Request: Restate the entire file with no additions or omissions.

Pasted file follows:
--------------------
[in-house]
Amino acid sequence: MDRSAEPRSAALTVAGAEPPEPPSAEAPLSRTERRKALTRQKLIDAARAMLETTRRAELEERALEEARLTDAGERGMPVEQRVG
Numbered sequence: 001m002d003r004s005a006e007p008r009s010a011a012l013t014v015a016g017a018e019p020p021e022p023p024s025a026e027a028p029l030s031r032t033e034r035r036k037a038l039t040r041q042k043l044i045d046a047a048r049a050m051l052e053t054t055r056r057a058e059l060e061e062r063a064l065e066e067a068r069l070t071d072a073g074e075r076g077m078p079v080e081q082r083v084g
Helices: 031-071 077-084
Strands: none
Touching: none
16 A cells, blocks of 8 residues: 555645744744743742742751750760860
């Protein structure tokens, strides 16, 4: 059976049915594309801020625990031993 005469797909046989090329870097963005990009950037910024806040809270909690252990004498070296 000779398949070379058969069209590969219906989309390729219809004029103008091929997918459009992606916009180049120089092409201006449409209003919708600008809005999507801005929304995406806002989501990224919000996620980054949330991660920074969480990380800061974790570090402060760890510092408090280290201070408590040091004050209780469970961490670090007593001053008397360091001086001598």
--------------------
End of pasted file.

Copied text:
[in-house]
Amino acid sequence: MDRSAEPRSAALTVAGAEPPEPPSAEAPLSRTERRKALTRQKLIDAARAMLETTRRAELEERALEEARLTDAGERGMPVEQRVG
Numbered sequence: 001m002d003r004s005a006e007p008r009s010a011a012l013t014v015a016g017a018e019p020p021e022p023p024s025a026e027a028p029l030s031r032t033e034r035r036k037a038l039t040r041q042k043l044i045d046a047a048r049a050m051l052e053t054t055r056r057a058e059l060e061e062r063a064l065e066e067a068r069l070t071d072a073g074e075r076g077m078p079v080e081q082r083v084g
Helices: 031-071 077-084
Strands: none
Touching: none
16 A cells, blocks of 8 residues: 555645744744743742742751750760860
């Protein structure tokens, strides 16, 4: 059976049915594309801020625990031993 005469797909046989090329870097963005990009950037910024806040809270909690252990004498070296 000779398949070379058969069209590969219906989309390729219809004029103008091929997918459009992606916009180049120089092409201006449409209003919708600008809005999507801005929304995406806002989501990224919000996620980054949330991660920074969480990380800061974790570090402060760890510092408090280290201070408590040091004050209780469970961490670090007593001053008397360091001086001598």